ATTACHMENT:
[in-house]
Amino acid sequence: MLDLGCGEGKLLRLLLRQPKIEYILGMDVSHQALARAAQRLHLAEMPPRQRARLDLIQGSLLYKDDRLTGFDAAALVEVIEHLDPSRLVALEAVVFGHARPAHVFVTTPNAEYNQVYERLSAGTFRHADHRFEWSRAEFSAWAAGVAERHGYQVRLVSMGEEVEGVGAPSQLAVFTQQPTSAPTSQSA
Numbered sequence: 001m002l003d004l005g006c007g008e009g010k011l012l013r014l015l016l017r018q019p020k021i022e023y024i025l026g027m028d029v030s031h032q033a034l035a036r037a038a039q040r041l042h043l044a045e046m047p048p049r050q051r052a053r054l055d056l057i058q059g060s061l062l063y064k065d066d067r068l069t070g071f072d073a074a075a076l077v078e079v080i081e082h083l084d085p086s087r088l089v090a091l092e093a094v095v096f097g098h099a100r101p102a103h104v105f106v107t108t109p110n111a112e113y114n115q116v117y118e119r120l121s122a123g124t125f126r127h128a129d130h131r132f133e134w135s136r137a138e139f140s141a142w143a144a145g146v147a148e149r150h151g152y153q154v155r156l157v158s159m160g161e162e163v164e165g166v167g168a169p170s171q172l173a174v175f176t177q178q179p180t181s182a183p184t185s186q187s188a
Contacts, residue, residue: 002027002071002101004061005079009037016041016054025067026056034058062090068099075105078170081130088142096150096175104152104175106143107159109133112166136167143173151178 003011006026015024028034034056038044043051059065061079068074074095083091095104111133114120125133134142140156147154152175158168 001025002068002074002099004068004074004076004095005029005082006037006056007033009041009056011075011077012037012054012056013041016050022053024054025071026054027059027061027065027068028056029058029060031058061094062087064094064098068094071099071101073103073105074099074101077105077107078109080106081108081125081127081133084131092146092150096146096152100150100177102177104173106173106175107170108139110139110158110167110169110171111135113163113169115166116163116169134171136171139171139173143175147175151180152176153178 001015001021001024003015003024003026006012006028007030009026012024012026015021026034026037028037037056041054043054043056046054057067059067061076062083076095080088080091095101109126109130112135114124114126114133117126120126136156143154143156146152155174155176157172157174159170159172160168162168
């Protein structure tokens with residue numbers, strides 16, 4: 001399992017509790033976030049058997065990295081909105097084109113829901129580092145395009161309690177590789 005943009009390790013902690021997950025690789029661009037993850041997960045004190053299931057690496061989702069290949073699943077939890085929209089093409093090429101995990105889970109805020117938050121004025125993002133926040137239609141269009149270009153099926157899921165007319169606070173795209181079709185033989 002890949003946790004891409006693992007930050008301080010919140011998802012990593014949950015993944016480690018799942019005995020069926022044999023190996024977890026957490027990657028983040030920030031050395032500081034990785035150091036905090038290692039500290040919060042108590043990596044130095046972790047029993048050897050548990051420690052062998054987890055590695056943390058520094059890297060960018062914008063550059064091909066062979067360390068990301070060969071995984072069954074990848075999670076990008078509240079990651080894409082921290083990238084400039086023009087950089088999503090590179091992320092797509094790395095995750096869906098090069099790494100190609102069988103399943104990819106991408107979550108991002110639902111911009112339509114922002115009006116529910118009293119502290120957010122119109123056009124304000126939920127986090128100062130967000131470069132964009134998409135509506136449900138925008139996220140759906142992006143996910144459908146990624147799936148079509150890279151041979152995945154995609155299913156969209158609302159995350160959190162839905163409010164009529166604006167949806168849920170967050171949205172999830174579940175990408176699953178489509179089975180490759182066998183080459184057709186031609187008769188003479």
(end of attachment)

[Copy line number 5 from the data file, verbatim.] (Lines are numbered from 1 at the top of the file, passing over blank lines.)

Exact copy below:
């Protein structure tokens with residue numbers, strides 16, 4: 001399992017509790033976030049058997065990295081909105097084109113829901129580092145395009161309690177590789 005943009009390790013902690021997950025690789029661009037993850041997960045004190053299931057690496061989702069290949073699943077939890085929209089093409093090429101995990105889970109805020117938050121004025125993002133926040137239609141269009149270009153099926157899921165007319169606070173795209181079709185033989 002890949003946790004891409006693992007930050008301080010919140011998802012990593014949950015993944016480690018799942019005995020069926022044999023190996024977890026957490027990657028983040030920030031050395032500081034990785035150091036905090038290692039500290040919060042108590043990596044130095046972790047029993048050897050548990051420690052062998054987890055590695056943390058520094059890297060960018062914008063550059064091909066062979067360390068990301070060969071995984072069954074990848075999670076990008078509240079990651080894409082921290083990238084400039086023009087950089088999503090590179091992320092797509094790395095995750096869906098090069099790494100190609102069988103399943104990819106991408107979550108991002110639902111911009112339509114922002115009006116529910118009293119502290120957010122119109123056009124304000126939920127986090128100062130967000131470069132964009134998409135509506136449900138925008139996220140759906142992006143996910144459908146990624147799936148079509150890279151041979152995945154995609155299913156969209158609302159995350160959190162839905163409010164009529166604006167949806168849920170967050171949205172999830174579940175990408176699953178489509179089975180490759182066998183080459184057709186031609187008769188003479």